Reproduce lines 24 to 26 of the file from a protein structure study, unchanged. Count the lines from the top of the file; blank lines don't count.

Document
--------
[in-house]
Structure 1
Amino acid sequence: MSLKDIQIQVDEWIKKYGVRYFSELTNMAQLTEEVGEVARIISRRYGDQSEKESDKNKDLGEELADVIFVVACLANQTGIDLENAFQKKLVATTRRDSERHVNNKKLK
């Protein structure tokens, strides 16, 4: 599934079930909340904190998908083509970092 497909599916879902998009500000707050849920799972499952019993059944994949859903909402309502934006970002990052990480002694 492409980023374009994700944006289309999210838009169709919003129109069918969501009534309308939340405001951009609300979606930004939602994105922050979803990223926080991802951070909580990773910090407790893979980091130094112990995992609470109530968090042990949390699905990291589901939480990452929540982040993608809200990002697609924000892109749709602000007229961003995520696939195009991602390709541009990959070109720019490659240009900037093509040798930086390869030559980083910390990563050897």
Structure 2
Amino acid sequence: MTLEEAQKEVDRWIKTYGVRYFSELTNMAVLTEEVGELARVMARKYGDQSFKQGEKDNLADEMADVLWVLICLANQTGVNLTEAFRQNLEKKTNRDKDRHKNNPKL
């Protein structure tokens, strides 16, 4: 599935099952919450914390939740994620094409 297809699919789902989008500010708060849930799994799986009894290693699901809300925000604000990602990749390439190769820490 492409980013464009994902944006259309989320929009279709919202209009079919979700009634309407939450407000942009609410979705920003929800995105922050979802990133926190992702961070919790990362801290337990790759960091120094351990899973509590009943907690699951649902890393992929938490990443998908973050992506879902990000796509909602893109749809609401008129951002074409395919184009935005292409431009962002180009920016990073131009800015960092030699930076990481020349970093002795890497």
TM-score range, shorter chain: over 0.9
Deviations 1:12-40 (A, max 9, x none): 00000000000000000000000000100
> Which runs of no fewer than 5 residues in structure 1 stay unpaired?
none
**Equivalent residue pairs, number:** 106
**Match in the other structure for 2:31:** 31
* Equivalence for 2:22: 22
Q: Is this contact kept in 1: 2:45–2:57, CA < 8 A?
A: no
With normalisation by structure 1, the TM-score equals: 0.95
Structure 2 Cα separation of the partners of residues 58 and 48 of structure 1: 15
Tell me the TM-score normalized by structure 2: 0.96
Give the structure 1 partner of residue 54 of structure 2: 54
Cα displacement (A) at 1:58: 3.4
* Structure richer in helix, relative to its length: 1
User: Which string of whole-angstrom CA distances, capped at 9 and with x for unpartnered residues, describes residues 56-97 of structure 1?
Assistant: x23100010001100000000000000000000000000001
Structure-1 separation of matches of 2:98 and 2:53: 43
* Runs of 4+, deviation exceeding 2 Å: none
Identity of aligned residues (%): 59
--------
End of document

Assistant: x23100010001100000000000000000000000000001
Structure-1 separation of matches of 2:98 and 2:53: 43
* Runs of 4+, deviation exceeding 2 Å: none